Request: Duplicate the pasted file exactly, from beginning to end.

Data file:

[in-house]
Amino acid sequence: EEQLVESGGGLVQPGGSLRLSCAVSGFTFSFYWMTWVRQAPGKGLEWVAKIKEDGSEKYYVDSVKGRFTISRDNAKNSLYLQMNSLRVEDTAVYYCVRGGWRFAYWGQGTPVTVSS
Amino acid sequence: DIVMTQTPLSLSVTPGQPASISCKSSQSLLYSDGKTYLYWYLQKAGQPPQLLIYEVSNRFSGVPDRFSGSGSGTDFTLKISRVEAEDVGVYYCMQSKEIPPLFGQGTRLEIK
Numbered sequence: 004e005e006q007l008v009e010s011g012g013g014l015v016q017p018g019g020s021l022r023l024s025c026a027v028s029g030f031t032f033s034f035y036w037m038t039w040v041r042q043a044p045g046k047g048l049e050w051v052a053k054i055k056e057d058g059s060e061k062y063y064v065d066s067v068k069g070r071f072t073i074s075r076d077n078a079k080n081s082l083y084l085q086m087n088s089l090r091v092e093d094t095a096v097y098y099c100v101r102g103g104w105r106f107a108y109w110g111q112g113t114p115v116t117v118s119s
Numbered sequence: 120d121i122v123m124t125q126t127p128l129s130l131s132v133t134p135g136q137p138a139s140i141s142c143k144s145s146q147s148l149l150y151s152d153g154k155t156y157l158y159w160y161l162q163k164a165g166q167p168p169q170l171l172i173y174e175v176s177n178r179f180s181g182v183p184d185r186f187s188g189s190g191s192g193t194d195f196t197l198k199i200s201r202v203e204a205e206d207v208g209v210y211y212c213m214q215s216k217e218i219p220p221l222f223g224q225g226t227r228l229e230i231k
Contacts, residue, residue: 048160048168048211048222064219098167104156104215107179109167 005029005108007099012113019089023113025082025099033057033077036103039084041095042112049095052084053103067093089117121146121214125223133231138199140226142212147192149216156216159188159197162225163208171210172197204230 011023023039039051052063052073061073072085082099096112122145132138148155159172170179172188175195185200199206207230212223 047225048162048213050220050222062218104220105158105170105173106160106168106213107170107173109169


[in-house]
Amino acid sequence: EEQLVESGGGLVQPGGSLRLSCAVSGFTFSFYWMTWVRQAPGKGLEWVAKIKEDGSEKYYVDSVKGRFTISRDNAKNSLYLQMNSLRVEDTAVYYCVRGGWRFAYWGQGTPVTVSS
Amino acid sequence: DIVMTQTPLSLSVTPGQPASISCKSSQSLLYSDGKTYLYWYLQKAGQPPQLLIYEVSNRFSGVPDRFSGSGSGTDFTLKISRVEAEDVGVYYCMQSKEIPPLFGQGTRLEIK
Numbered sequence: 004e005e006q007l008v009e010s011g012g013g014l015v016q017p018g019g020s021l022r023l024s025c026a027v028s029g030f031t032f033s034f035y036w037m038t039w040v041r042q043a044p045g046k047g048l049e050w051v052a053k054i055k056e057d058g059s060e061k062y063y064v065d066s067v068k069g070r071f072t073i074s075r076d077n078a079k080n081s082l083y084l085q086m087n088s089l090r091v092e093d094t095a096v097y098y099c100v101r102g103g104w105r106f107a108y109w110g111q112g113t114p115v116t117v118s119s
Numbered sequence: 120d121i122v123m124t125q126t127p128l129s130l131s132v133t134p135g136q137p138a139s140i141s142c143k144s145s146q147s148l149l150y151s152d153g154k155t156y157l158y159w160y161l162q163k164a165g166q167p168p169q170l171l172i173y174e175v176s177n178r179f180s181g182v183p184d185r186f187s188g189s190g191s192g193t194d195f196t197l198k199i200s201r202v203e204a205e206d207v208g209v210y211y212c213m214q215s216k217e218i219p220p221l222f223g224q225g226t227r228l229e230i231k
Contacts, residue, residue: 048160048168048211048222064219098167104156104215107179109167 005029005108007099012113019089023113025082025099033057033077036103039084041095042112049095052084053103067093089117121146121214125223133231138199140226142212147192149216156216159188159197162225163208171210172197204230 011023023039039051052063052073061073072085082099096112122145132138148155159172170179172188175195185200199206207230212223 047225048162048213050220050222062218104220105158105170105173106160106168106213107170107173109169